During your mastectomy recovery, proper upholding of the drainage equipment and wound care is essential. The doctor will instruct you on how to be careful of your incision and any drain if occurs, and you will require to follow these instructions cautiously to avoid any infection or other complications. Drain in the area of breast or armpit might be eliminated previous to leaving the hospital. However, sometimes a drain remains inserted until the first visit with the doctor, generally 1-2 weeks following the surgery. If you’re leaving hospital with a drain inserted, you’ll have to empty the fluid from the removable drain bulb few times in a day. Ensure your surgeon provides you instructions on how to take care for the drain previous to leaving the hospital.

Stitches and staples

Sutures (stitches) get dissolved over the time so most of the doctors use it. There is no longer any need to remove them. However, you will observe the end of the suture jab out of the incision similar to a whisker. Your doctor can easily take away it if this takes place. Another way of closing the incision is the surgical staples which are eliminated during the first visit to the doctor after surgery.

Identify the Symptoms of the Infection

Your doctor will alert you about the signs and symptoms of the infection. He/she will explain you about how to inform if you get an infection in your incision as well as when to call the office.

Exercise your arm

The muscles that move arm got sliced, pulled, and stitched amid the lymph node removal and the breast tissue removal. During the first week, you may not want to move your arm very much. Remember that not moving arm at all means it will be harder to restore full movement of arm later. Doctor may show you an exercise routine that you can do to prevent stiffness in the arm and shoulder. Generally, you will begin performing exercises in the morning after surgery. Until drains are eliminated, some exercises should be avoided. Ask your doctor if any questions you may have to ensure the exercise routine is right for you or not. Doctor should also provide you written, exemplified instructions on how to perform the exercises.

Drink plenty of Fluids

It is very important that you drink plenty of water and other fluids during your mastectomy recovery. While having surgery, a lot of blood and other fluids are removed from the body and you will have to reinstate these in the days following surgery for getting the best probable recovery results.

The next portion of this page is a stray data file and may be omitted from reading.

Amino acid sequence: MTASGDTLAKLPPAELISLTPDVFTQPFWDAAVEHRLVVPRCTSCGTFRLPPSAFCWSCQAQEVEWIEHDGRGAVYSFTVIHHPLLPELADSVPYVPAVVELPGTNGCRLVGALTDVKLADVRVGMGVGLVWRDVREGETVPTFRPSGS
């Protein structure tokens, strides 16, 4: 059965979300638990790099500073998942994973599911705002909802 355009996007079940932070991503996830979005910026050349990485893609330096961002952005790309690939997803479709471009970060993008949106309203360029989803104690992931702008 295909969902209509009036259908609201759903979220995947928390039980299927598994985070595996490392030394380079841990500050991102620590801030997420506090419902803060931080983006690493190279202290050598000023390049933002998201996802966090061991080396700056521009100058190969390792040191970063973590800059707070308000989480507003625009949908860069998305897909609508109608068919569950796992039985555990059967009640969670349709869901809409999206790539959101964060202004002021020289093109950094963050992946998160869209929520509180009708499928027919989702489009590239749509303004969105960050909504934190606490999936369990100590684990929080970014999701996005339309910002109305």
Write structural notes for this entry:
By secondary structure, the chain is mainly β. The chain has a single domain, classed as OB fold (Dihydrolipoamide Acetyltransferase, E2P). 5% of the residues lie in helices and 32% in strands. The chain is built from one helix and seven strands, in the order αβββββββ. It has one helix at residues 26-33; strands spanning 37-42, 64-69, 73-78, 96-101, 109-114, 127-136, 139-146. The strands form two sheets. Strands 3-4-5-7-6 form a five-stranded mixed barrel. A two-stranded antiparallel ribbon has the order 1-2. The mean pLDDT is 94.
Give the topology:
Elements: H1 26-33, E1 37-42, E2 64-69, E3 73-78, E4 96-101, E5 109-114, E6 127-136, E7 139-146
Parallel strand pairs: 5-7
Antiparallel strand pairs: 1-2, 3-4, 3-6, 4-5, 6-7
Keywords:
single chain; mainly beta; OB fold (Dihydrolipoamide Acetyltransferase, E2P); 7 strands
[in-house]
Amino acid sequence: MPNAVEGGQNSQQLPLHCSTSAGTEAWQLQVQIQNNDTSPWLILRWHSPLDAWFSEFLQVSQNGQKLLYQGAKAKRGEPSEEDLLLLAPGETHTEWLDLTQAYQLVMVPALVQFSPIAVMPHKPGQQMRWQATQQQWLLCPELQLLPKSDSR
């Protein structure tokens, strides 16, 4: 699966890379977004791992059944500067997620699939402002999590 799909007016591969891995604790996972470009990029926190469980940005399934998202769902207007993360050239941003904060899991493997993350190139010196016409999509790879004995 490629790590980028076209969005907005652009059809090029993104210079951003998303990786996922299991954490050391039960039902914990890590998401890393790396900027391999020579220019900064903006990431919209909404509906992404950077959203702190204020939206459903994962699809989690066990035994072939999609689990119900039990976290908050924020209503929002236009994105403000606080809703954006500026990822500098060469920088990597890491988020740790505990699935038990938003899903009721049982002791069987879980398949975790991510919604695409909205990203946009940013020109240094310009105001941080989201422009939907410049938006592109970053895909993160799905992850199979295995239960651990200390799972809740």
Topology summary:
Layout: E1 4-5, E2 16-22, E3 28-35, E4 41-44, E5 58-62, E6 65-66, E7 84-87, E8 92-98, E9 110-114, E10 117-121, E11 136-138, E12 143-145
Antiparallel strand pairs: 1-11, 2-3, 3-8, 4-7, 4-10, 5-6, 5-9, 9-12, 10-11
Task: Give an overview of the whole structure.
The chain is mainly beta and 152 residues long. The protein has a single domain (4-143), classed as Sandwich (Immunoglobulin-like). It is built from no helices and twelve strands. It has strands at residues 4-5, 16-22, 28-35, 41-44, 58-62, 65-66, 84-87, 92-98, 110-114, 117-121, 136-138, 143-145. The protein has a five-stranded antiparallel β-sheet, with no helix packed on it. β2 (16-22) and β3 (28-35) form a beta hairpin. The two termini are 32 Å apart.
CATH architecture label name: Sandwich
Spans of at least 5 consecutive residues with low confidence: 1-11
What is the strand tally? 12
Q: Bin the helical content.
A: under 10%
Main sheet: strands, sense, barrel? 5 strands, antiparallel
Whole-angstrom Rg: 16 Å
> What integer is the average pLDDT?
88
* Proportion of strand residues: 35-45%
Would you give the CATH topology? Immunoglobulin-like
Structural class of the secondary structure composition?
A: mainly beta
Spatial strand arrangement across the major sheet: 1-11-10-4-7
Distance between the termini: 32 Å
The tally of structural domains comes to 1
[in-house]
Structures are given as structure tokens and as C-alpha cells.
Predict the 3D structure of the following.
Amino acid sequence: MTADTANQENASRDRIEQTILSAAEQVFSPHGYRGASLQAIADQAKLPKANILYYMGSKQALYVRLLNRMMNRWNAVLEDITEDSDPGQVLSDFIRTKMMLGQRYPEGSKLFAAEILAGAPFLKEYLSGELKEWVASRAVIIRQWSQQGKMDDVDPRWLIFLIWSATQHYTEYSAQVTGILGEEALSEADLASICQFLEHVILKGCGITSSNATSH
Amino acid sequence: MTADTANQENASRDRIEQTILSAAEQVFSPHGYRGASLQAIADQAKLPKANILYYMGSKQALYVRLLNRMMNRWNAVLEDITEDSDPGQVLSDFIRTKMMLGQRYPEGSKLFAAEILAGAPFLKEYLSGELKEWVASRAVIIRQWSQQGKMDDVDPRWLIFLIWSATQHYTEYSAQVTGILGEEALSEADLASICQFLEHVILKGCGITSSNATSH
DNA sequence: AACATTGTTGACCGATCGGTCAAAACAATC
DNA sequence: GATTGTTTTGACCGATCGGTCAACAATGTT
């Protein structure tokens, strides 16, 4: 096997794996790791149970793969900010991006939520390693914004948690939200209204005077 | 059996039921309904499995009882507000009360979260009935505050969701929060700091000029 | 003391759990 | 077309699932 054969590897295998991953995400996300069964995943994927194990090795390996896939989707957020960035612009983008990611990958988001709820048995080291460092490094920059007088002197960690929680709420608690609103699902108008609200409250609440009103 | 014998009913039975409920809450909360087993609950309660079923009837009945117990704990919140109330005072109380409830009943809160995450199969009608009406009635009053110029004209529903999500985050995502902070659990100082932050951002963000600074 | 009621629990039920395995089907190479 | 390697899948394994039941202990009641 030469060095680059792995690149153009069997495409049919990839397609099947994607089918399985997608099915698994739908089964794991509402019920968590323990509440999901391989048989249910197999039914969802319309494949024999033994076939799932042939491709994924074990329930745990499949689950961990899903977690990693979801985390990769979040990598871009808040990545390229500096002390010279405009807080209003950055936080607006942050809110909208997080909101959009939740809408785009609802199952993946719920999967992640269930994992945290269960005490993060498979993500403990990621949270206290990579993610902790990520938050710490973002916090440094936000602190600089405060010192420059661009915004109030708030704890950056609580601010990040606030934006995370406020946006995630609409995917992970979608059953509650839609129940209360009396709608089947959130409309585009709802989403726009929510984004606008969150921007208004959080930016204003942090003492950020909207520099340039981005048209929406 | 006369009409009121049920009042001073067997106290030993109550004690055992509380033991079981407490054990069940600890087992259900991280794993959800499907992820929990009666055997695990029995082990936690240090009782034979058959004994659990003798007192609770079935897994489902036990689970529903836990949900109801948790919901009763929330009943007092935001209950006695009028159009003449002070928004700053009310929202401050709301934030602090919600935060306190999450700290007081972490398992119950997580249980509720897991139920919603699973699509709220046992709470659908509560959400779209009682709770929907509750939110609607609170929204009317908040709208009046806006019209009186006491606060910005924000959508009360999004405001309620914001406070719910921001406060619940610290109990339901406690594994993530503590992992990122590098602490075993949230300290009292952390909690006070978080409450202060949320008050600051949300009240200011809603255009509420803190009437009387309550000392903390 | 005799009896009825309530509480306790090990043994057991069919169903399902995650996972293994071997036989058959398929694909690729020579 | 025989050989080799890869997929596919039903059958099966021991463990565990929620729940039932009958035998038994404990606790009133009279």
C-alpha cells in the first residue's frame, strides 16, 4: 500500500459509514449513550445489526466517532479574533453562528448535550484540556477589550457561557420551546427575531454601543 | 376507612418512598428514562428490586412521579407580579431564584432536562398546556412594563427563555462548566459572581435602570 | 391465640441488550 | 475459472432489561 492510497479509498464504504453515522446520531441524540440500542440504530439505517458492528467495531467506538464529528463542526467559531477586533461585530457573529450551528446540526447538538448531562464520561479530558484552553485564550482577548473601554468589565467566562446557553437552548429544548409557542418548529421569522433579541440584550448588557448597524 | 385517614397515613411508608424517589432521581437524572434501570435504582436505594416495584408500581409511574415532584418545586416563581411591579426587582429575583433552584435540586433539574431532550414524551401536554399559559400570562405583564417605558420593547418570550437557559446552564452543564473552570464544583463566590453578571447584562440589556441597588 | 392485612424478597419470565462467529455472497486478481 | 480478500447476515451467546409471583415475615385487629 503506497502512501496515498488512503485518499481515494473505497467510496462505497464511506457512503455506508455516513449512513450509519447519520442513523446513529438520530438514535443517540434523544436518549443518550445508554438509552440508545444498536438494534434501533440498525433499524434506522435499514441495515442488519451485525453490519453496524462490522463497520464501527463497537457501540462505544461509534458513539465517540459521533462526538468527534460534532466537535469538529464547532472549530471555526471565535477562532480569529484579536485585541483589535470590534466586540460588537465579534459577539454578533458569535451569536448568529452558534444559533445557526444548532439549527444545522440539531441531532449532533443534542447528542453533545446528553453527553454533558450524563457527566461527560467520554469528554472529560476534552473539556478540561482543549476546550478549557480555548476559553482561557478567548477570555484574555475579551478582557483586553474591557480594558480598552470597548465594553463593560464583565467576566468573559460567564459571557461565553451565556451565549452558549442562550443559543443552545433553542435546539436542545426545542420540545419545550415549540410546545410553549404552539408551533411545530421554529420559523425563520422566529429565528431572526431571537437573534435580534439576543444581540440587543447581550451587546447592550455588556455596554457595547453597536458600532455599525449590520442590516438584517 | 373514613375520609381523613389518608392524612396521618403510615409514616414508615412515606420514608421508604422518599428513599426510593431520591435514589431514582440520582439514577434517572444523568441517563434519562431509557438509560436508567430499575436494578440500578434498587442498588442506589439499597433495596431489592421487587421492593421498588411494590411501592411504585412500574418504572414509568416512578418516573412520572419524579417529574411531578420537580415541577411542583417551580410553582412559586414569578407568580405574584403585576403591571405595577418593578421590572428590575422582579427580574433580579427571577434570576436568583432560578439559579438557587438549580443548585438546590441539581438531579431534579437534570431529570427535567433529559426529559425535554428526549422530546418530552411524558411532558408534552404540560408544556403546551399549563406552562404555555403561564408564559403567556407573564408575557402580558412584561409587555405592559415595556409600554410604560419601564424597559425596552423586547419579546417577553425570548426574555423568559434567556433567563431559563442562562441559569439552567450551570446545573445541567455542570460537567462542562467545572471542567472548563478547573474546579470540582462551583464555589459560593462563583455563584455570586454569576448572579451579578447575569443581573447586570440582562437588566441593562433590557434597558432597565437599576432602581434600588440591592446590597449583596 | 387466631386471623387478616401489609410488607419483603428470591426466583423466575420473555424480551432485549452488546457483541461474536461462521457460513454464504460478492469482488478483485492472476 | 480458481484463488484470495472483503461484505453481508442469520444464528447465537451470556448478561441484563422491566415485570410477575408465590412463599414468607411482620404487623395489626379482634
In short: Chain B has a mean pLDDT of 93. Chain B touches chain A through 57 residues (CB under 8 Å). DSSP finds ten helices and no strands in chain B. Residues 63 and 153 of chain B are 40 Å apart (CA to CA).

Consumption of foods rich in Nutrients

It’s not a matter whether patient has a single or double mastectomy surgery; she will require staying on the diet rich in nutrients during recovery period. For cells and tissues, nutrients are the building blocks so if your diet is deficient of these nutrients, it may be hard to recover appropriately from the mastectomy procedure.

Clothing restrictions

With proper nutrition, you should also follow some clothing restrictions for example, when prosthesis or a bra can be worn. The place of mastectomy surgery, and particularly mastectomy with reconstruction, requires time to heal previous to you can wear a prosthesis or bra. Your physician will inform you how long you should wait.

Sponge baths until the removal of drains or sutures

You should take sponge baths until your doctor eliminates any drain or suture. When any staples, drains or sutures have been removed, you can obtain your first shower. Until your doctor approves baths or showers, you can take a sponge for getting refreshed.

Talking to others

Emotionally, it can be very hard to recover from the mastectomy. You may find it helpful by conversing with others who have gone through the operation, both before and after the mastectomy. Friends and family also help to recover faster, ask them to help with meals, shopping, laundry, and childcare.
Most of the women recover well following a mastectomy surgery; however, complications following breast surgery can take place. Consult physician immediately if you have:
  • Excessive bleeding and/or swelling
  • An allergic reaction to medications
  • A fever and/or pain that is not cured by medication
  • Unusual discharge from the wound or reddishness outside of the dressing area
  • Anxiety, depression, trouble sleeping or a feeling with that you are unable to cope
After having a breast cancer surgery, you should look ahead to come back to the work within 3 to 6 weeks, reliant on how physical your work is and how well you are getting better.
Image Source: alternityhealthcare.com